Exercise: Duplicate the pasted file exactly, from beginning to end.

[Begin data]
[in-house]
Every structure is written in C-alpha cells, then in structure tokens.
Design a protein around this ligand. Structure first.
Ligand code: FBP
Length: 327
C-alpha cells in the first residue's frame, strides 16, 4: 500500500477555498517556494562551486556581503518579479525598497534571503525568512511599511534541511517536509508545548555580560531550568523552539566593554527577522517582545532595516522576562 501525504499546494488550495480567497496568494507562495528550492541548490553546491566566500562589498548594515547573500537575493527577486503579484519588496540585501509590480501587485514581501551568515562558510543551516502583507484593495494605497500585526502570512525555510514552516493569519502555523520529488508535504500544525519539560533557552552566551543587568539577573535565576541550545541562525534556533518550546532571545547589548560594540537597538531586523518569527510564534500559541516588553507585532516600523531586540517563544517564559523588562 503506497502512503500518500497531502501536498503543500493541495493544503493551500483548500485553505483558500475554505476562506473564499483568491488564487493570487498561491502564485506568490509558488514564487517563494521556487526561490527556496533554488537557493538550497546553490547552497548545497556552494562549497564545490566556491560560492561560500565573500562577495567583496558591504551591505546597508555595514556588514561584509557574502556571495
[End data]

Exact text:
[in-house]
Every structure is written in C-alpha cells, then in structure tokens.
Design a protein around this ligand. Structure first.
Ligand code: FBP
Length: 327
C-alpha cells in the first residue's frame, strides 16, 4: 500500500477555498517556494562551486556581503518579479525598497534571503525568512511599511534541511517536509508545548555580560531550568523552539566593554527577522517582545532595516522576562 501525504499546494488550495480567497496568494507562495528550492541548490553546491566566500562589498548594515547573500537575493527577486503579484519588496540585501509590480501587485514581501551568515562558510543551516502583507484593495494605497500585526502570512525555510514552516493569519502555523520529488508535504500544525519539560533557552552566551543587568539577573535565576541550545541562525534556533518550546532571545547589548560594540537597538531586523518569527510564534500559541516588553507585532516600523531586540517563544517564559523588562 503506497502512503500518500497531502501536498503543500493541495493544503493551500483548500485553505483558500475554505476562506473564499483568491488564487493570487498561491502564485506568490509558488514564487517563494521556487526561490527556496533554488537557493538550497546553490547552497548545497556552494562549497564545490566556491560560492561560500565573500562577495567583496558591504551591505546597508555595514556588514561584509557574502556571495